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When big money managers get caught looking the wrong way, look out for big moves in the market, Jim Cramer told his Mad Money viewers Thursday. With the U.S. dollar appearing to have peaked, Cramer explained, fund managers are scrambling for the most beaten-down sector out there, commodities.
That's how a stock like Alcoa (AA - Get Report) could roar up 10% in a single day and how the beleaguered shares of Freeport-McMoRan (FCX - Get Report) can shoot up over 17.9%. The fact is, there aren't a lot of commodity makers left anymore, so when the spotlight turns to the cyclicals you can get big moves.
But Cramer warned that playing big rotation moves like today's is best left to the pros. Home gamers, he said, are better off not chasing the big movers but buying slowly over time and only on weakness.
Executive Decision: John Stumpf
For his first "Executive Decision" segment, Cramer sat down with John Stumpf, chairman and CEO of Wells Fargo (WFC - Get Report) , a stock which Cramer owns for his charitable trust, Action Alerts PLUS.
Stumpf said while Wall Street may be focused on interest rates, he runs Wells Fargo to perform well in any interest-rate environment. He said Wells Fargo's goal is to do more business with more customers and make a bigger impact in the communities they serve.
Stumpf admitted the oil and gas sector is under a lot of stress at the moment, but he noted that oil and gas accounts for less than 2% of Wells' current loan portfolio. On balance, however, lower oil prices create a lot of benefits in other areas that more than offset any oil-related loan losses. Stumpf was bullish on autos, housing and construction in many areas of the country.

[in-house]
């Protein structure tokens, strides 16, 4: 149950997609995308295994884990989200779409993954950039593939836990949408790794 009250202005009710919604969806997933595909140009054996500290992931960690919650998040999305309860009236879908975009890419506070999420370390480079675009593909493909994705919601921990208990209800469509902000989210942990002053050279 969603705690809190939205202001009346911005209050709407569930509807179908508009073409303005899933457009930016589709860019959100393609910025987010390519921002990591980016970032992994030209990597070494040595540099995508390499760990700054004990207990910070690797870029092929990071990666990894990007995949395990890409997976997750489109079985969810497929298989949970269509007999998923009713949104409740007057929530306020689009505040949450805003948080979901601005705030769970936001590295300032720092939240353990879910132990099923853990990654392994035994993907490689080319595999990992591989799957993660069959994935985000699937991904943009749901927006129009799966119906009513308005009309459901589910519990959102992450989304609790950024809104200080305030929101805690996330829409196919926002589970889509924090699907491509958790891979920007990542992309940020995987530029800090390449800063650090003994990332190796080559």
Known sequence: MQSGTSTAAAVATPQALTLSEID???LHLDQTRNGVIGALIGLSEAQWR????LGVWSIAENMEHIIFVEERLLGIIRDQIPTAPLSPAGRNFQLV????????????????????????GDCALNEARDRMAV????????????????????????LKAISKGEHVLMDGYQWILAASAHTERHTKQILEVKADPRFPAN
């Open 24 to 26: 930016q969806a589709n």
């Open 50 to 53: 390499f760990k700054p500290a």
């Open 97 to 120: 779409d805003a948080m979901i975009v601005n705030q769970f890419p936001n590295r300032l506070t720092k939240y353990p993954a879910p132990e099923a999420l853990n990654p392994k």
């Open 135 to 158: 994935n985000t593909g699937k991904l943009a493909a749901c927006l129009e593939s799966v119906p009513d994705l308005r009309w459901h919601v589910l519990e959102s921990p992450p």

When asked about the bank's stock buyback program, Stumpf said Wells Fargo remains committed to returning capital to shareholders, both through buybacks and its dividend.
Executive Decision: Benno Dorer
Dorer said Clorox continues to focus on the fundamentals, which is why sales in the U.S. were up across every segment this quarter and why Clorox shares have risen 20% over the past year.
Clorox believes in profitable growth, Dorer explained, and that means innovations in all of its brands from its namesake, Clorox, to Hidden Valley, Burt's Bees, Kingsford charcoal and many others. Dorer said brands like Kingsford are seeing solid growth while, while others such as Burt's Bees are taking share in the natural and organic space.
Clorox is not just progressive with its brands, however. It's also forward thinking in its advertising. Dorer said Clorox is spending a full 40% of its advertising budget online and seeing great ROI on social media.
Executive Decision: Greg Creed
Creed explained Yum! Brands will still remain the franchise owner for three great brands around the world and expects to have a 15% return for shareholders, while the new Yum! China will operate solely in the fast-growing Chinese market with a dedicated team running 7,000 locations across two brands.
Overall, Creed said, he feels good about the Chinese market, and about KFC in particular. Meanwhile, here at home, Creed was most excited about Taco Bell, a franchise he said offers great value and resonates strongly with its customer base.
Creed accredited some of Yum!'s strength to falling commodity prices, with low gas prices in particular driving sales. Costs remain under control at Yum!, he said, which is helping margins improve. Yum! also remains committed to its 23 million-share stock buyback program.
Executive Decision: Mark McLaughlin
As his parade of guests continued, Cramer sat down with Mark McLaughlin, chairman, president and CEO of Palo Alto Networks (PANW - Get Report) , as well as Brent Jones, managing director at Northgate, one of Palo Alto's early investors.
Jones said that Palo Alto's brand is only becoming more significant over time, and the company's platform is increasingly turning the bad guys away. McLaughlin added that one of the key factors for hackers is how long it takes to breach a system. If the hack takes too long, hackers tend to move on, and that's why his company only makes it harder and harder to breach its systems.
When asked about the future, Jones said we will never know what the bad guys will come up with next, but Palo Alto is a leader in finding out as quickly as possible. That's why Palo Alto will remain a dominant player in cyber security for a long time to come.
To watch replays of Cramer's video segments, visit the Mad Money page on CNBC.
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